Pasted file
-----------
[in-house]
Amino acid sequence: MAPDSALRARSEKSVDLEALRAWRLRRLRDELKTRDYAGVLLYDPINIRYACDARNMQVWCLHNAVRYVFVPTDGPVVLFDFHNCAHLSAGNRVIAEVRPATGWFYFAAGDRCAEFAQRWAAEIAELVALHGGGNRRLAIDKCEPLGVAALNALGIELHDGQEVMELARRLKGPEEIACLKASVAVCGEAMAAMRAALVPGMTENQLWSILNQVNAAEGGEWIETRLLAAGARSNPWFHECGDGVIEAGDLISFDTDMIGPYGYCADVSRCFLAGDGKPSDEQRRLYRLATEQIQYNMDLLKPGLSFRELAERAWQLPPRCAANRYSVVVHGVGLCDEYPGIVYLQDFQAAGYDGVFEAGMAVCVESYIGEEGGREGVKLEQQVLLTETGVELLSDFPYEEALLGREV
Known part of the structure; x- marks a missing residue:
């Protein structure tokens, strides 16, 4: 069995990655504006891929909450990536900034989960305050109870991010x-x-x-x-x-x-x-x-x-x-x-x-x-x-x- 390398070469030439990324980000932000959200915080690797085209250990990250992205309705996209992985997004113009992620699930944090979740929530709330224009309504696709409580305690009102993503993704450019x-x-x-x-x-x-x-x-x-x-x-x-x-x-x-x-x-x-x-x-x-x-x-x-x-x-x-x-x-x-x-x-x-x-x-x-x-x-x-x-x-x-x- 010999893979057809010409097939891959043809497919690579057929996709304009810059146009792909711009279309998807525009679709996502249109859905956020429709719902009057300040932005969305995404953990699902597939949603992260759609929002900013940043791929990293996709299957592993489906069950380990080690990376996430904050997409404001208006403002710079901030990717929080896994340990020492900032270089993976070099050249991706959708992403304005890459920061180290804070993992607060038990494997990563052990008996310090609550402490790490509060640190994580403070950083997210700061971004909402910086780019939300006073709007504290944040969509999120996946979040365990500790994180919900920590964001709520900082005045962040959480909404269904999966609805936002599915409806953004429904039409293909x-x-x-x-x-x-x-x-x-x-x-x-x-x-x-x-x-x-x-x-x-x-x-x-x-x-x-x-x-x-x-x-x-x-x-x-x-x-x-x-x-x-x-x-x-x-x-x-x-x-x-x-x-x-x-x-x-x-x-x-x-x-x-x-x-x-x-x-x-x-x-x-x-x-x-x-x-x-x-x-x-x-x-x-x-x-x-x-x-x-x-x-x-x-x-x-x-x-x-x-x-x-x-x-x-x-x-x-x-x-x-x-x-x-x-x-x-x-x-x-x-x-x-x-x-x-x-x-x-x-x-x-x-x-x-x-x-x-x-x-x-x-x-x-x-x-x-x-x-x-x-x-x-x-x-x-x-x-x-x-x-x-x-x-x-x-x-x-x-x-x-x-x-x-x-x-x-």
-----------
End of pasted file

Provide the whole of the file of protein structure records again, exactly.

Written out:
[in-house]
Amino acid sequence: MAPDSALRARSEKSVDLEALRAWRLRRLRDELKTRDYAGVLLYDPINIRYACDARNMQVWCLHNAVRYVFVPTDGPVVLFDFHNCAHLSAGNRVIAEVRPATGWFYFAAGDRCAEFAQRWAAEIAELVALHGGGNRRLAIDKCEPLGVAALNALGIELHDGQEVMELARRLKGPEEIACLKASVAVCGEAMAAMRAALVPGMTENQLWSILNQVNAAEGGEWIETRLLAAGARSNPWFHECGDGVIEAGDLISFDTDMIGPYGYCADVSRCFLAGDGKPSDEQRRLYRLATEQIQYNMDLLKPGLSFRELAERAWQLPPRCAANRYSVVVHGVGLCDEYPGIVYLQDFQAAGYDGVFEAGMAVCVESYIGEEGGREGVKLEQQVLLTETGVELLSDFPYEEALLGREV
Known part of the structure; x- marks a missing residue:
């Protein structure tokens, strides 16, 4: 069995990655504006891929909450990536900034989960305050109870991010x-x-x-x-x-x-x-x-x-x-x-x-x-x-x- 390398070469030439990324980000932000959200915080690797085209250990990250992205309705996209992985997004113009992620699930944090979740929530709330224009309504696709409580305690009102993503993704450019x-x-x-x-x-x-x-x-x-x-x-x-x-x-x-x-x-x-x-x-x-x-x-x-x-x-x-x-x-x-x-x-x-x-x-x-x-x-x-x-x-x-x- 010999893979057809010409097939891959043809497919690579057929996709304009810059146009792909711009279309998807525009679709996502249109859905956020429709719902009057300040932005969305995404953990699902597939949603992260759609929002900013940043791929990293996709299957592993489906069950380990080690990376996430904050997409404001208006403002710079901030990717929080896994340990020492900032270089993976070099050249991706959708992403304005890459920061180290804070993992607060038990494997990563052990008996310090609550402490790490509060640190994580403070950083997210700061971004909402910086780019939300006073709007504290944040969509999120996946979040365990500790994180919900920590964001709520900082005045962040959480909404269904999966609805936002599915409806953004429904039409293909x-x-x-x-x-x-x-x-x-x-x-x-x-x-x-x-x-x-x-x-x-x-x-x-x-x-x-x-x-x-x-x-x-x-x-x-x-x-x-x-x-x-x-x-x-x-x-x-x-x-x-x-x-x-x-x-x-x-x-x-x-x-x-x-x-x-x-x-x-x-x-x-x-x-x-x-x-x-x-x-x-x-x-x-x-x-x-x-x-x-x-x-x-x-x-x-x-x-x-x-x-x-x-x-x-x-x-x-x-x-x-x-x-x-x-x-x-x-x-x-x-x-x-x-x-x-x-x-x-x-x-x-x-x-x-x-x-x-x-x-x-x-x-x-x-x-x-x-x-x-x-x-x-x-x-x-x-x-x-x-x-x-x-x-x-x-x-x-x-x-x-x-x-x-x-x-x-």